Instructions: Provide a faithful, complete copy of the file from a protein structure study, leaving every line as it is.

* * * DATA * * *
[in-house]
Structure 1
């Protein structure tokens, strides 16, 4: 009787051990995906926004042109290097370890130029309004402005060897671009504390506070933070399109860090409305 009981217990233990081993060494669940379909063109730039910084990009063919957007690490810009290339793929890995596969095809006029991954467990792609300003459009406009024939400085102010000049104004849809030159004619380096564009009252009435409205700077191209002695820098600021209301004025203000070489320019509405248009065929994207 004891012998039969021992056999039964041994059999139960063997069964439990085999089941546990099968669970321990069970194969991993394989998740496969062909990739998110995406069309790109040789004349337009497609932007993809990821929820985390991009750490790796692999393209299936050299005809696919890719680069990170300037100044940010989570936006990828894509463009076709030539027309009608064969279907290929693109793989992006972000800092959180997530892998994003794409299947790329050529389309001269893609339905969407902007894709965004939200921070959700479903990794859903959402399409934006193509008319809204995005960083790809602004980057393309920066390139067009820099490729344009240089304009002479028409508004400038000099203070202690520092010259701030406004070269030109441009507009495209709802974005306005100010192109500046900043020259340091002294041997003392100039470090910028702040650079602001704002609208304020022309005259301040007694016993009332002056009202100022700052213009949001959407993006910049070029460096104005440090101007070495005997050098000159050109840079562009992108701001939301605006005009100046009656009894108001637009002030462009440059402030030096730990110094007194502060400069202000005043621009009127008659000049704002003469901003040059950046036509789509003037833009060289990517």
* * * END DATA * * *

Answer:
[in-house]
Structure 1
């Protein structure tokens, strides 16, 4: 009787051990995906926004042109290097370890130029309004402005060897671009504390506070933070399109860090409305 009981217990233990081993060494669940379909063109730039910084990009063919957007690490810009290339793929890995596969095809006029991954467990792609300003459009406009024939400085102010000049104004849809030159004619380096564009009252009435409205700077191209002695820098600021209301004025203000070489320019509405248009065929994207 004891012998039969021992056999039964041994059999139960063997069964439990085999089941546990099968669970321990069970194969991993394989998740496969062909990739998110995406069309790109040789004349337009497609932007993809990821929820985390991009750490790796692999393209299936050299005809696919890719680069990170300037100044940010989570936006990828894509463009076709030539027309009608064969279907290929693109793989992006972000800092959180997530892998994003794409299947790329050529389309001269893609339905969407902007894709965004939200921070959700479903990794859903959402399409934006193509008319809204995005960083790809602004980057393309920066390139067009820099490729344009240089304009002479028409508004400038000099203070202690520092010259701030406004070269030109441009507009495209709802974005306005100010192109500046900043020259340091002294041997003392100039470090910028702040650079602001704002609208304020022309005259301040007694016993009332002056009202100022700052213009949001959407993006910049070029460096104005440090101007070495005997050098000159050109840079562009992108701001939301605006005009100046009656009894108001637009002030462009440059402030030096730990110094007194502060400069202000005043621009009127008659000049704002003469901003040059950046036509789509003037833009060289990517």